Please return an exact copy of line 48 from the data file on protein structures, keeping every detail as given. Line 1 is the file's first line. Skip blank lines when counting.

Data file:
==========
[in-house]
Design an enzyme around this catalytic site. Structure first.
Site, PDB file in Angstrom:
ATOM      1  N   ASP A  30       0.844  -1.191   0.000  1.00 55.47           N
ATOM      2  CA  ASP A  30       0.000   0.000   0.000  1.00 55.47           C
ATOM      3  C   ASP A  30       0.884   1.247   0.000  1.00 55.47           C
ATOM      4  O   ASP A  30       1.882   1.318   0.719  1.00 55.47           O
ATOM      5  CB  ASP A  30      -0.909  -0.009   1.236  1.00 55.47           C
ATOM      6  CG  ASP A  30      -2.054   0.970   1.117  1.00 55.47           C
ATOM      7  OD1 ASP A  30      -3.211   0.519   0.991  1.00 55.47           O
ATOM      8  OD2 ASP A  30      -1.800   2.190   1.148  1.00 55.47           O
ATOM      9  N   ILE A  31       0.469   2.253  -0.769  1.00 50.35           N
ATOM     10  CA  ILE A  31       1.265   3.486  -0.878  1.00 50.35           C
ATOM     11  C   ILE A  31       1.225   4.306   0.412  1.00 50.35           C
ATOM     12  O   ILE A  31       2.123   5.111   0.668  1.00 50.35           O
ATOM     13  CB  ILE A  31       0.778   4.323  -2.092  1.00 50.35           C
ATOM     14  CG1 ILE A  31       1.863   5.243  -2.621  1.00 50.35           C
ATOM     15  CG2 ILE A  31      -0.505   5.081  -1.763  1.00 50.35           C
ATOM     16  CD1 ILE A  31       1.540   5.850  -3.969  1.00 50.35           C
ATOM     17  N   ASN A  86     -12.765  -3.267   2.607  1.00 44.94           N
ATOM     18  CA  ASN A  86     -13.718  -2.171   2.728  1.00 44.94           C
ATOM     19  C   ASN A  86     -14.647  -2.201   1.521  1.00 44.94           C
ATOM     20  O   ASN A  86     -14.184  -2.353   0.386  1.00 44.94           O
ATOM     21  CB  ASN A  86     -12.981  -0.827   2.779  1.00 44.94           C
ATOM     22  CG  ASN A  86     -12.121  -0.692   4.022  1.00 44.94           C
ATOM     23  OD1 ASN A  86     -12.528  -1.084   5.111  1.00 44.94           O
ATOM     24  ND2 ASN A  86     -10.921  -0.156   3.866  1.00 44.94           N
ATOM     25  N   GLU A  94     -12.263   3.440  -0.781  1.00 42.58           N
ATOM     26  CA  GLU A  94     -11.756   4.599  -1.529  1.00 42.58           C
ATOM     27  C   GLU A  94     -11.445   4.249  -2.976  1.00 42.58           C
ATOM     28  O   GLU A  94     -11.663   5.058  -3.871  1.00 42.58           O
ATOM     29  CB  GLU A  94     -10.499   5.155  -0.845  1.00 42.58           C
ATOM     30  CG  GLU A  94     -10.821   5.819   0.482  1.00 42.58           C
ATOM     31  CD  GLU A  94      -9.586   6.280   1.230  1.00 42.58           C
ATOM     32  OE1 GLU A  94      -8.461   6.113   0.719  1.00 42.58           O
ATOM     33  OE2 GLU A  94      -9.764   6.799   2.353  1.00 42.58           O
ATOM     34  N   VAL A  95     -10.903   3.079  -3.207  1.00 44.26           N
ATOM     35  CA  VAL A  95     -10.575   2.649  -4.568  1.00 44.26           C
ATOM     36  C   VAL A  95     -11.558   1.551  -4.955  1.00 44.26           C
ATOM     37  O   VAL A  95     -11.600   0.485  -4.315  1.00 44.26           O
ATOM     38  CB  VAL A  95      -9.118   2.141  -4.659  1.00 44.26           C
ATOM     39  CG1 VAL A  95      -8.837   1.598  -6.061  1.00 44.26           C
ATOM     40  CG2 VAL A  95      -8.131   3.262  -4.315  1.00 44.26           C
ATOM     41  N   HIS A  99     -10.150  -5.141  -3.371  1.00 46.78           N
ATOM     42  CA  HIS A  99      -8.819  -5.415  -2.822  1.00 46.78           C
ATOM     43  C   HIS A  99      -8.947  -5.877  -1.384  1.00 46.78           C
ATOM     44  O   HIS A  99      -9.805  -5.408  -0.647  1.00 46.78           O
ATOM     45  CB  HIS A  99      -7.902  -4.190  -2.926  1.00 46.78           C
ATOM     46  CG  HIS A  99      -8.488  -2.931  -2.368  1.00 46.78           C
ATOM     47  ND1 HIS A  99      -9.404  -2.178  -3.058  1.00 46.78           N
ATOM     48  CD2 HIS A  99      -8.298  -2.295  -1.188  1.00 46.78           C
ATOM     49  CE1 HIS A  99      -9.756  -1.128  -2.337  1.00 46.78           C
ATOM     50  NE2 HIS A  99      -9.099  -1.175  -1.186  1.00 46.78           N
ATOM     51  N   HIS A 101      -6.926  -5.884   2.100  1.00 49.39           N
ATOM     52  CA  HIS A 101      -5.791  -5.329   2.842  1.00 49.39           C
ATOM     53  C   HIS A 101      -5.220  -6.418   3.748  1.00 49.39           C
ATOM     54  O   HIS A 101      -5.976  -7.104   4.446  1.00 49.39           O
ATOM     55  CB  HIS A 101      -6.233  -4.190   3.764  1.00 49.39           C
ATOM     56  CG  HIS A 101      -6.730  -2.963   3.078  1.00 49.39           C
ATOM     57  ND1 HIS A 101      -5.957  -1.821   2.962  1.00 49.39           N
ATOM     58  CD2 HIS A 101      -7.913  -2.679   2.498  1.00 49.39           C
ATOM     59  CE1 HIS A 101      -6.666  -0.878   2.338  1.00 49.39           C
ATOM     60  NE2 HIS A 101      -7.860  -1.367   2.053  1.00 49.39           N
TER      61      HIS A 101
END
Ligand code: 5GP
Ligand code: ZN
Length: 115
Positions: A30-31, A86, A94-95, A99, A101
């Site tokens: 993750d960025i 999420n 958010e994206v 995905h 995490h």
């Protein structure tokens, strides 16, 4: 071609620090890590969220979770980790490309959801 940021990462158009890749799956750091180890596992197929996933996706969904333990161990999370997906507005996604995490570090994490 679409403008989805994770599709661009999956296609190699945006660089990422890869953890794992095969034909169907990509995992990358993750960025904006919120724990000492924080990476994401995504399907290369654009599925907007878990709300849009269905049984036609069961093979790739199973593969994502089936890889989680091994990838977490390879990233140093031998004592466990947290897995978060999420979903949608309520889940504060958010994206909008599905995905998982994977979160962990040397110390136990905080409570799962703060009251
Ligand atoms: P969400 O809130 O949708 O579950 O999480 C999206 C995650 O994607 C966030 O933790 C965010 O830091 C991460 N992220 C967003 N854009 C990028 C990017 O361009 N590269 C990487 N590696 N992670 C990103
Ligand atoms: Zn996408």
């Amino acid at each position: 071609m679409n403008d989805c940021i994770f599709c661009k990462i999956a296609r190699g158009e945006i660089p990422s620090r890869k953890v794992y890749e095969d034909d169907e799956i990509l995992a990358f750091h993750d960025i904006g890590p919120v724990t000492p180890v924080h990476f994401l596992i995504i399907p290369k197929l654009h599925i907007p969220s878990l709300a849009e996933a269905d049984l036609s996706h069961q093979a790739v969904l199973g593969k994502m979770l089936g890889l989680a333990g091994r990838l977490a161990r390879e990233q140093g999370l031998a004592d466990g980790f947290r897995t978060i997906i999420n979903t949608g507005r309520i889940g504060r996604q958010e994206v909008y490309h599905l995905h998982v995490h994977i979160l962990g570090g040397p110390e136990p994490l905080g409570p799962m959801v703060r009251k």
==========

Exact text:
ATOM     45  CB  HIS A  99      -7.902  -4.190  -2.926  1.00 46.78           C